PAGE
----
A German writer, Patrick Spaet, is convinced that hard work is a fetish and we should be more open to financing the lives of everyone else. In part because modern technology replaces a lot of physical labor and also because rewarding people who work is a mistake. For example, Spaet writes:
This situation is all the more schizophrenic in that we take every opportunity every day to escape toil and work: who voluntarily uses a washboard, if he has a washing machine? Who copies out a text by hand, if he can use a photocopier instead? And who mentally calculates the miserable columns of figures on his tax return, if he has a calculator? We are bone idle, and yet we glorify work.
But his entire premise suffers rests on the fatal assumption that jobs exist to keep people busy, something I have pilloried here for years. No, the point of work is to be productive, and people who are capable of being productive but opt not to are looked down for leeching off the labors of others.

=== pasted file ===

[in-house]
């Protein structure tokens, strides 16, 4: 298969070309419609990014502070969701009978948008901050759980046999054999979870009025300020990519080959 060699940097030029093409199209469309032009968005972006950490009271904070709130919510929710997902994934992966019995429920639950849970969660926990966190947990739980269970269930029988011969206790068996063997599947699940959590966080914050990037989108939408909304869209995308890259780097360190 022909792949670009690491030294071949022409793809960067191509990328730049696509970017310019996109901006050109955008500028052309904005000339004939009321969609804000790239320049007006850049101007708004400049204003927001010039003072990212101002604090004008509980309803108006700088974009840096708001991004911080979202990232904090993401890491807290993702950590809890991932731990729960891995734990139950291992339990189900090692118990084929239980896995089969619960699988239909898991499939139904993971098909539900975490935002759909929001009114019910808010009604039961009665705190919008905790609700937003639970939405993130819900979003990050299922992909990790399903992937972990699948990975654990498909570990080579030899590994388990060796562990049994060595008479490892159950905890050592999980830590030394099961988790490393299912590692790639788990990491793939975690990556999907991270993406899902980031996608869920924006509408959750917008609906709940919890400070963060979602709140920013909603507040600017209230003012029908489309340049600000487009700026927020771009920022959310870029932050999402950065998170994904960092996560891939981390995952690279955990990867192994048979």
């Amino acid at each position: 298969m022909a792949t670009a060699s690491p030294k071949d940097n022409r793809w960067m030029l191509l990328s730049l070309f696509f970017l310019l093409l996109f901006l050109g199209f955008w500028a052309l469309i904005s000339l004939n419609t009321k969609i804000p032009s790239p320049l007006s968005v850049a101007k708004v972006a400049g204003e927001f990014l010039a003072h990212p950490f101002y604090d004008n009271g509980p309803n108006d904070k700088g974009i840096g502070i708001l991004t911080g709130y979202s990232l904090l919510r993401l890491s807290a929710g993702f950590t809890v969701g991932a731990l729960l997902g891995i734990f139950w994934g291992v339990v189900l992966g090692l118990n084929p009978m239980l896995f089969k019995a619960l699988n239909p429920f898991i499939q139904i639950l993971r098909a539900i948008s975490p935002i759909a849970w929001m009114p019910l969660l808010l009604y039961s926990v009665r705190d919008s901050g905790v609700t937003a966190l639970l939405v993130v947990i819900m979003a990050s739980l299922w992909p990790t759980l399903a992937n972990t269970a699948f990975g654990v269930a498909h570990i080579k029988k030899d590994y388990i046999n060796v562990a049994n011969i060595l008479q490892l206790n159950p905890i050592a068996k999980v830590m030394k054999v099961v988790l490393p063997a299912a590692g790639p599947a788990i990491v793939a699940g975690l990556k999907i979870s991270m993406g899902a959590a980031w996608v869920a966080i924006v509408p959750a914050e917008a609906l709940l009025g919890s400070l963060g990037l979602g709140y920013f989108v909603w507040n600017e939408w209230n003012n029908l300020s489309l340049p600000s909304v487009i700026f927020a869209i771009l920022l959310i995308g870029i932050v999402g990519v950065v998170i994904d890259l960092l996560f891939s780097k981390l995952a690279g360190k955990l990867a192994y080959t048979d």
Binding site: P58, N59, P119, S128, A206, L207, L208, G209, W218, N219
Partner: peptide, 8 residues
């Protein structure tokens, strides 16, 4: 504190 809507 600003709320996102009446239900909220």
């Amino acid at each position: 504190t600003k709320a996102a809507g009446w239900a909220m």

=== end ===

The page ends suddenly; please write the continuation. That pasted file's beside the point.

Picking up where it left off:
That's not just right wing resentment of people on the social safety net, but also left-wing hatred of rich kids and workers in the finance industry, who they do not see as making any real contribution. These resentments have flaws - there really are people on the social safety net who are unable to work, and finance does have an important role in society that requires long hours of office work - but even with those flaws the resenters have a fair point in principle.
Spaet is right that technology makes people more productive, but his flaw is in thinking that it would be acceptable to compensate for technological advances by reducing labor until productivity breaks even with the past. That would leave several billion people in avoidable poverty so that nose-crinkling anti-capitalists like himself can get more leisure time. It's easy to look down on growth when you're not poor.
People want a higher standard of living, including people who already live comfortably. I can respect someone wanting to work less and live a simpler lifestyle, such as a European household compared to an American one, but that's different from Spaet's sci-fi utopian fantasy where work is entirely optional. We all benefit from productivity, not mindless toil, and the distinction is important.